On a party-line vote early Tuesday, the House passed a $24 billion budget adjustment package containing more than $600 million in tax cuts which Democrats heralded as “historic” and Republicans derided as temporary.
Lawmakers voted 95 – 52 at around 12:20 a.m. to send the 673-page budget document to the Senate for consideration before the legislative session ends Wednesday at midnight.
This year’s package, a mid-term adjustment to last year’s bipartisan biennium budget, comes as policymakers prepare to run for re-election in the fall and soaring tax revenues have swollen the state’s fiscal cushions.
“Right now in this moment, because of the fiscal strength of Connecticut, we have a ability to cut taxes and help people right now that are dealing with a very tough time,” Rep. Sean Scanlon, Guilford Democrat and House chair of the finance committee, said.
“We can use the surplus we have and the cushion we built to make a difference in people’s lives,” Scanlon said.
The budget creates a temporary, $250 per-child tax credit for lower and middle earning families. It expands the property tax credit and effectively reduces the car tax in 75 towns by capping the mill rate at 32.46 and reimbursing municipalities for the difference.
A tax holiday on the state’s 25-cent excise tax on gasoline, previously set to expire in June, will be extended until Dec. 1 under the budget along with a policy offering free bus service during the holiday.
The budget would also expand for one year eligibility for the Earned Income Tax Credit, which boosts the tax returns of the state’s working poor.
Republican lawmakers objected to being left out of budget negotiations and argued the plan drafted by Democrats prioritized temporary tax relief over systemic cuts that would persist beyond the next year.
“I’m disappointed, in the sight of our record surplus, that really, despite claims that this is historic, so little in terms of long term structural change was made,” Rep. Holly Cheeseman, R-East Lyme, said.
House Minority Leader Vincent Candelora said Republicans were disappointed the budget did not include more permanent income tax reduction.
“These are all sorts of gimmicks,” Candelora said. “The gas tax ends on Dec. 1 right after the election, along with the child tax credit. These aren’t systemic changes. This is a budget that’s crafted for November, Republicans wanted a budget that’s crafted for the future.”
During a press conference earlier in the day, Gov. Ned Lamont referred to the package more than once as including “the largest tax cut in the history of the state.” His budget director, Jeff Beckham, said the sum total of the tax cuts surpassed those signed by Gov. John Rowland in 1995, if adjusted for inflation.
“These are tax cuts that are going to make a difference right now, right in this inflationary period,” Lamont said.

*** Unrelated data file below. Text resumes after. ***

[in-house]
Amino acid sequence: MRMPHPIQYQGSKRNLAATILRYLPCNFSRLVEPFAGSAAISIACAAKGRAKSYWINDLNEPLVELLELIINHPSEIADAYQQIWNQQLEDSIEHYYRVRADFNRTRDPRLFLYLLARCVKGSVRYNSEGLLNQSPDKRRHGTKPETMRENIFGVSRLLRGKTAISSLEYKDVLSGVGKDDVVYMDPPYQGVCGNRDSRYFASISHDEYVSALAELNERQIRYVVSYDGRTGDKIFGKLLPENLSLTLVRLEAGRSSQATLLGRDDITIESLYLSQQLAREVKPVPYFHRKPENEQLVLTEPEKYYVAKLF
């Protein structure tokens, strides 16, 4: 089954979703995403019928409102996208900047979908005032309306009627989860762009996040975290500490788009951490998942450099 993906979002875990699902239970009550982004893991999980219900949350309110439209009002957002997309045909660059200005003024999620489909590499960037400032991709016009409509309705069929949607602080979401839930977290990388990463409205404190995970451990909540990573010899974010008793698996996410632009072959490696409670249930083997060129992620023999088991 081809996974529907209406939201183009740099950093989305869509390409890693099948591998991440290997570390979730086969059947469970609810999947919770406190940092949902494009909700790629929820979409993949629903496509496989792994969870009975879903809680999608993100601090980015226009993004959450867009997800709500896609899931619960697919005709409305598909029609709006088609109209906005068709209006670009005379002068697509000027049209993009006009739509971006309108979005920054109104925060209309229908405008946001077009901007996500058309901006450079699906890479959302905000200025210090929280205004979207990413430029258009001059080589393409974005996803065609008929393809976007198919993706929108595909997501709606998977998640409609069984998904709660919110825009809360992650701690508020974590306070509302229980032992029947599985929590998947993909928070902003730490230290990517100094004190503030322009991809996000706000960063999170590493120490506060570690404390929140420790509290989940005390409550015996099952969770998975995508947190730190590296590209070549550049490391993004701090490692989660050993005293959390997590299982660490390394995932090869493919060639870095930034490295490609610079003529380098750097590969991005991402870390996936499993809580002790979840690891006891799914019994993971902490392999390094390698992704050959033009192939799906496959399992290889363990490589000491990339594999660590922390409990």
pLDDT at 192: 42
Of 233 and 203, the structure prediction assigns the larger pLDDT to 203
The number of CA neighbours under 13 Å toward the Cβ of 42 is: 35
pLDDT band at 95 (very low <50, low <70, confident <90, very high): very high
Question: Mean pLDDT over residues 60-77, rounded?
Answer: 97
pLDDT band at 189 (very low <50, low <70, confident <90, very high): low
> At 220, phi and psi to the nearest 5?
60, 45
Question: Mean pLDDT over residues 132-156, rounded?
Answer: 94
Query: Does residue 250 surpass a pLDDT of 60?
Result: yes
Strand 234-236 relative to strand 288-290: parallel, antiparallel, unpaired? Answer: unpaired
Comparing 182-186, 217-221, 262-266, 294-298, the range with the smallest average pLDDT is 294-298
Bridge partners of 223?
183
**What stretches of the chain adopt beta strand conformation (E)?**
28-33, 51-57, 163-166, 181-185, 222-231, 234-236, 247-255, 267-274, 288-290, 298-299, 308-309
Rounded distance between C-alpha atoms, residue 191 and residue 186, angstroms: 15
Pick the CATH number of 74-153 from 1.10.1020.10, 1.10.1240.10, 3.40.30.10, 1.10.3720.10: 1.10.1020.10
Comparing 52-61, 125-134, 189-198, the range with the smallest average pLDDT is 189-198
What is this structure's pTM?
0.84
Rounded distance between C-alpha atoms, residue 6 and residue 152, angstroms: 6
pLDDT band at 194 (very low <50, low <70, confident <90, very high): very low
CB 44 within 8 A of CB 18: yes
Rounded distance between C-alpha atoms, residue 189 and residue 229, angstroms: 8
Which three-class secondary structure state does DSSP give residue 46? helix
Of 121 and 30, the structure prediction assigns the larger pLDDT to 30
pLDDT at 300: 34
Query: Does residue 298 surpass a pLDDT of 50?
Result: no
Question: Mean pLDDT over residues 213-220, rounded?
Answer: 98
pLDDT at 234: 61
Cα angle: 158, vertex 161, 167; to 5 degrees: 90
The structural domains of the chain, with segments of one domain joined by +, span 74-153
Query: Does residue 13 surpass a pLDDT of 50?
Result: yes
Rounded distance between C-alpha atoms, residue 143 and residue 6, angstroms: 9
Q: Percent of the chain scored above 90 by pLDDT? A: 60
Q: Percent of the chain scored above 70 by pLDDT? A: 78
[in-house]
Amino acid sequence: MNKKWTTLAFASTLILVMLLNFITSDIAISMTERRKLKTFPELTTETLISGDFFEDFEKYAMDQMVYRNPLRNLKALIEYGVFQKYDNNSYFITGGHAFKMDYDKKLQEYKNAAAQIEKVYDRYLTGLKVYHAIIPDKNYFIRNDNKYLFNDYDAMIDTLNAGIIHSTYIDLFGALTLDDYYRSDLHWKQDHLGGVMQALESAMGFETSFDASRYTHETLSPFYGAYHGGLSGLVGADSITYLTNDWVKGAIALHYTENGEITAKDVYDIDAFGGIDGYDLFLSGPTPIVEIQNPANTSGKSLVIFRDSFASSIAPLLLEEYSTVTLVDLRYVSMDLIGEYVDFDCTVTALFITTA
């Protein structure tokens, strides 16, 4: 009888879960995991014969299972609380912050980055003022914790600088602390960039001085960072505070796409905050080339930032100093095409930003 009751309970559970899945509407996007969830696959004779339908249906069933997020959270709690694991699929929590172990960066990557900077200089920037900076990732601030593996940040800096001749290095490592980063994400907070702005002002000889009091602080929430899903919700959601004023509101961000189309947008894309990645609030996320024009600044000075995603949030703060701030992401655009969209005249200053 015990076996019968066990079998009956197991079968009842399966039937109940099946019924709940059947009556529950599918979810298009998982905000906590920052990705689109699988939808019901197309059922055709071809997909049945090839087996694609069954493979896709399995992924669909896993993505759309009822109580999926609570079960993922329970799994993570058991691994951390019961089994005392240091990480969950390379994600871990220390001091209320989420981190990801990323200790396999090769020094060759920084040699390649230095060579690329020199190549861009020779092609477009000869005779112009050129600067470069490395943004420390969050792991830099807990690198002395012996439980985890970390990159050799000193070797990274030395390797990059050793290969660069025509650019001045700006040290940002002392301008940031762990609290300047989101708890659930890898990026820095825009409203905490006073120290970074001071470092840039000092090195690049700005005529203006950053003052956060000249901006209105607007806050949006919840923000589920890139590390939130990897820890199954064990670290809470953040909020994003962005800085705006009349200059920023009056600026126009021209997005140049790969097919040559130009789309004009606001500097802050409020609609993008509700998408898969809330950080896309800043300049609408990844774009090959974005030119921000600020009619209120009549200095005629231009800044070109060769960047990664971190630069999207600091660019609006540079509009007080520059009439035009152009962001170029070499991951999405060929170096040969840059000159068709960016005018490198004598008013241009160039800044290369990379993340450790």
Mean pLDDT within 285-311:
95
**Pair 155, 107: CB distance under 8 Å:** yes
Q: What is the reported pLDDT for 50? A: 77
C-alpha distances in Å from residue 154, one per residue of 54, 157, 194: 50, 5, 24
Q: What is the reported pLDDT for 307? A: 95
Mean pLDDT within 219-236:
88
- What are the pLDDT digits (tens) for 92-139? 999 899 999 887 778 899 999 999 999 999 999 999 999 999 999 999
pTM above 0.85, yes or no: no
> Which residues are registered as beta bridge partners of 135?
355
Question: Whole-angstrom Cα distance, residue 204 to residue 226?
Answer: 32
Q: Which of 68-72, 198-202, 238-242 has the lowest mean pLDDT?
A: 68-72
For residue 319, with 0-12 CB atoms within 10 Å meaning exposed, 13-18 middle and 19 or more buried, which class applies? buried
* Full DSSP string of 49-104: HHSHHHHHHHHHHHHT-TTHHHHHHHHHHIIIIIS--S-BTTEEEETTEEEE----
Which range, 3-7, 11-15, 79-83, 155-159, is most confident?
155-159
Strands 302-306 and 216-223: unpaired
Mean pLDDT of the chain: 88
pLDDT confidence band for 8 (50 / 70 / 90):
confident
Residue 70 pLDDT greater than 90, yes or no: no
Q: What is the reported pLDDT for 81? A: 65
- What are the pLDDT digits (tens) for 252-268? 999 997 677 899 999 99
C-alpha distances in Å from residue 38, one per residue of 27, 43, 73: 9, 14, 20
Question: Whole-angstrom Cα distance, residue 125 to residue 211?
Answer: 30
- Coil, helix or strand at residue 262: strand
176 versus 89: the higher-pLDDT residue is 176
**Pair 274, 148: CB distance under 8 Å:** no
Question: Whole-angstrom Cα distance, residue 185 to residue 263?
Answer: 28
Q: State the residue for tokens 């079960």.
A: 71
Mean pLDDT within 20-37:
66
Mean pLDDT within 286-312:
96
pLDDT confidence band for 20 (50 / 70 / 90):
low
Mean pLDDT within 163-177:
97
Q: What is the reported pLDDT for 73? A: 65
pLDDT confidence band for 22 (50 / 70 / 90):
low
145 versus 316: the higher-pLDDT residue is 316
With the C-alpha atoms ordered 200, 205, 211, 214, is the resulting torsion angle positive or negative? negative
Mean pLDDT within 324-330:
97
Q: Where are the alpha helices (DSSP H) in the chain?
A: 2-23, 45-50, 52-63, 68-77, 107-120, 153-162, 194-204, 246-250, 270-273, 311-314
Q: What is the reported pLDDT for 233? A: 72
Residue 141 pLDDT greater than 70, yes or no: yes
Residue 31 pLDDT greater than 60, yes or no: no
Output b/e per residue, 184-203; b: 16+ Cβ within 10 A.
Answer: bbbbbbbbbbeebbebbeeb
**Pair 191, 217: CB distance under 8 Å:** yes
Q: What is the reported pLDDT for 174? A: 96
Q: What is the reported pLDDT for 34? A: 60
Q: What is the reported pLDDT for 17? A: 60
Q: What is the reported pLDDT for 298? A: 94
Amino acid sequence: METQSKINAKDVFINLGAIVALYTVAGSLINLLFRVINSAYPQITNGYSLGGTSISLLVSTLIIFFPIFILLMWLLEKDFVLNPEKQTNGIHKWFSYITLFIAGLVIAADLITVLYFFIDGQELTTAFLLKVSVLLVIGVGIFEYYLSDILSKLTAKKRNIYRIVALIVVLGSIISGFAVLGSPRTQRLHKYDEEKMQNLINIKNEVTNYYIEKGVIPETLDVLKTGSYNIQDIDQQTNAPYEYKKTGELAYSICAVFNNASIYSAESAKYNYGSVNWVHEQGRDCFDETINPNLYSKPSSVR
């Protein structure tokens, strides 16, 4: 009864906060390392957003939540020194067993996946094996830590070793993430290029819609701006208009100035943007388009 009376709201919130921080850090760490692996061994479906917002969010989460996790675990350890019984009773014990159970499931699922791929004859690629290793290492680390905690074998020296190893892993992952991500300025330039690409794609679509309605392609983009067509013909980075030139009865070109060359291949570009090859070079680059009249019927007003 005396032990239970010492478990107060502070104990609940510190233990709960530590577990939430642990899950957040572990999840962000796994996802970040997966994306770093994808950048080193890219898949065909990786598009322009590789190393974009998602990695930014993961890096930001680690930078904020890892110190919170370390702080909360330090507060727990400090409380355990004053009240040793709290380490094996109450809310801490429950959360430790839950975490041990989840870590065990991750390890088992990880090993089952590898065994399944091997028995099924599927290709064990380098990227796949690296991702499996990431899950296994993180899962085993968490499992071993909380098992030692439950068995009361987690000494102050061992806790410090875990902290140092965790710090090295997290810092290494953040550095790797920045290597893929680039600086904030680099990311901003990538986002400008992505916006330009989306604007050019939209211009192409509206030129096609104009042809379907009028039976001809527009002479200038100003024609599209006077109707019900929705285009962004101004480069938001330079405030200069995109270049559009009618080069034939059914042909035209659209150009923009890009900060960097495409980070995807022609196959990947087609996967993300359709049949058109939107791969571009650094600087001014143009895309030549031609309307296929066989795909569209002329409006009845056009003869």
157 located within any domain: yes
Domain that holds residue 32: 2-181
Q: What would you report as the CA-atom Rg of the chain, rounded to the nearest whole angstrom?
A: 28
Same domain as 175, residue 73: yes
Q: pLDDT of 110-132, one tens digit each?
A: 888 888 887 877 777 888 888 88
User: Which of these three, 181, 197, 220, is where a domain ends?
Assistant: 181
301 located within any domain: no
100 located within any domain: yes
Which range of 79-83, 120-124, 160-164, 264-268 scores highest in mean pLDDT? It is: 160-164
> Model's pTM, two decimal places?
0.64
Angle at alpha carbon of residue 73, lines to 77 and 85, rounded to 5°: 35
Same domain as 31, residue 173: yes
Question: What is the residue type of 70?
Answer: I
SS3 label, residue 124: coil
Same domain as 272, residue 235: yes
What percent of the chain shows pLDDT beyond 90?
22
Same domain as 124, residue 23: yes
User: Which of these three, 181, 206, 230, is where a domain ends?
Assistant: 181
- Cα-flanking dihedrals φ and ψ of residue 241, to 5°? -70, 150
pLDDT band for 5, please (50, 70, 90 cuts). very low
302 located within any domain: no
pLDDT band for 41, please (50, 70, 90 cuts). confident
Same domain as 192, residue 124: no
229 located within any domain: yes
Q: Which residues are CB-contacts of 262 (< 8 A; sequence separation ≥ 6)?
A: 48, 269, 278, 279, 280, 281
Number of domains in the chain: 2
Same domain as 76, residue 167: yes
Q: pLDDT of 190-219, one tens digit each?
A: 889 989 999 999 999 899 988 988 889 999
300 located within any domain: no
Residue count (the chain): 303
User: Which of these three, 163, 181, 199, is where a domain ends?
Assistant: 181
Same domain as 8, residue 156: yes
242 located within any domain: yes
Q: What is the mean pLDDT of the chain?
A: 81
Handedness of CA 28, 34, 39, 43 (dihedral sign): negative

The budget funds the raises and bonuses for the state’s public sector workforce included in a negotiated labor agreement approved by the legislature in April. It also includes about $30 million to pay a limited group of private sector workers bonuses for working through the COVID-19 pandemic. The figure is well short of the $700 million labor unions had sought to support pandemic pay.
The plan also dedicates $40 million to pay back borrowing used to support the state unemployment trust fund during the pandemic. The Connecticut Business and Industry Association had pushed for more assistance and estimated the shortfall which state businesses will be expected to pay at closer to $460 million.
Rep. Toni Walker, a New Haven Democrat who co-chairs the Appropriations Committee, said policymakers prioritized funding the state’s mental health systems, which were inadequate to support increased demand during the pandemic, especially when it comes to children.
That includes more funds for social services providers and child care workers. Children’s mental health resources included in the budget totaled $223 million over two years, according to the governor’s office. Walker said it also helped to pay for programming that would serve to divert young people from becoming involved in crime.
“Bringing back community organization, bringing back athletic organizations, bringing back after-school programming, bringing back family environment and family activities, bringing back museums and different summer camps, giving people that enrichment that’s necessary to have them understand the value of respect for each other and respect for our society,” Walker said.
But the budget also includes funding for a bunch of projects.
Montville’s Parks and Recreation Department is getting $500,000 for a tennis court and Dixwell Church Historic Preservation in New Haven is getting $2 million for renovations. There’s also $2 million for the Department of Economic and Community Development to establish air service to Jamaica.
The budget will also mandate schools to provide free menstrual products in all women’s restrooms, all-gender restrooms and at least one men’s restroom.